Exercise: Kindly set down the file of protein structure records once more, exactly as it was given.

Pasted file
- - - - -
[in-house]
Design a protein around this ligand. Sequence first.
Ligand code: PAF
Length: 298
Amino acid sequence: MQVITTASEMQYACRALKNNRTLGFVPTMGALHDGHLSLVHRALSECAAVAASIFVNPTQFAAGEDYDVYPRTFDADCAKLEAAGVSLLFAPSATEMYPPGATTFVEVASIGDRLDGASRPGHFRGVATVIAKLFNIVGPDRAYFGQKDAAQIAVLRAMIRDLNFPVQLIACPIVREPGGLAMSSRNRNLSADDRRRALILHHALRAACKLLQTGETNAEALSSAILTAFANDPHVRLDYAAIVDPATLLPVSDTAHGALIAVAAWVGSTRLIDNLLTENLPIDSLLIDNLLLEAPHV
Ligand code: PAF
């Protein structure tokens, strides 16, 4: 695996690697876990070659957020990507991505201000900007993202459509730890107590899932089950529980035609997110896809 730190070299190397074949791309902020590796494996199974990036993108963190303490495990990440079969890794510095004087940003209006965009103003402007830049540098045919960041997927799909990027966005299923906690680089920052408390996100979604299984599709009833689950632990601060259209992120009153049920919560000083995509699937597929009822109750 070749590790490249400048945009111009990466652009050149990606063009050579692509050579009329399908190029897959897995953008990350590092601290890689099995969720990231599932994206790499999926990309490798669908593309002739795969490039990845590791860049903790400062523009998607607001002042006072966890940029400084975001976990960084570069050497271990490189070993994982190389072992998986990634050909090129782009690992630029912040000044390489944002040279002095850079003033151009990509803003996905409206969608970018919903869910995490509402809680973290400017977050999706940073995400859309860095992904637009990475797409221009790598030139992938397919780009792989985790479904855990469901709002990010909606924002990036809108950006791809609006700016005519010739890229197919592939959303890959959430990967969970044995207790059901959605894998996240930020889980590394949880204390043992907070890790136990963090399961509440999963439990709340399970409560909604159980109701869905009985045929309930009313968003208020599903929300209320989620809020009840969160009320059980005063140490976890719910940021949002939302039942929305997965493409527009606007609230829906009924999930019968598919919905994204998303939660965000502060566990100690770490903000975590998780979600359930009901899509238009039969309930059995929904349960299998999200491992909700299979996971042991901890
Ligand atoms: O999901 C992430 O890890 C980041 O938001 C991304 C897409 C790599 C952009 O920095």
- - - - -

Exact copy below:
[in-house]
Design a protein around this ligand. Sequence first.
Ligand code: PAF
Length: 298
Amino acid sequence: MQVITTASEMQYACRALKNNRTLGFVPTMGALHDGHLSLVHRALSECAAVAASIFVNPTQFAAGEDYDVYPRTFDADCAKLEAAGVSLLFAPSATEMYPPGATTFVEVASIGDRLDGASRPGHFRGVATVIAKLFNIVGPDRAYFGQKDAAQIAVLRAMIRDLNFPVQLIACPIVREPGGLAMSSRNRNLSADDRRRALILHHALRAACKLLQTGETNAEALSSAILTAFANDPHVRLDYAAIVDPATLLPVSDTAHGALIAVAAWVGSTRLIDNLLTENLPIDSLLIDNLLLEAPHV
Ligand code: PAF
């Protein structure tokens, strides 16, 4: 695996690697876990070659957020990507991505201000900007993202459509730890107590899932089950529980035609997110896809 730190070299190397074949791309902020590796494996199974990036993108963190303490495990990440079969890794510095004087940003209006965009103003402007830049540098045919960041997927799909990027966005299923906690680089920052408390996100979604299984599709009833689950632990601060259209992120009153049920919560000083995509699937597929009822109750 070749590790490249400048945009111009990466652009050149990606063009050579692509050579009329399908190029897959897995953008990350590092601290890689099995969720990231599932994206790499999926990309490798669908593309002739795969490039990845590791860049903790400062523009998607607001002042006072966890940029400084975001976990960084570069050497271990490189070993994982190389072992998986990634050909090129782009690992630029912040000044390489944002040279002095850079003033151009990509803003996905409206969608970018919903869910995490509402809680973290400017977050999706940073995400859309860095992904637009990475797409221009790598030139992938397919780009792989985790479904855990469901709002990010909606924002990036809108950006791809609006700016005519010739890229197919592939959303890959959430990967969970044995207790059901959605894998996240930020889980590394949880204390043992907070890790136990963090399961509440999963439990709340399970409560909604159980109701869905009985045929309930009313968003208020599903929300209320989620809020009840969160009320059980005063140490976890719910940021949002939302039942929305997965493409527009606007609230829906009924999930019968598919919905994204998303939660965000502060566990100690770490903000975590998780979600359930009901899509238009039969309930059995929904349960299998999200491992909700299979996971042991901890
Ligand atoms: O999901 C992430 O890890 C980041 O938001 C991304 C897409 C790599 C952009 O920095």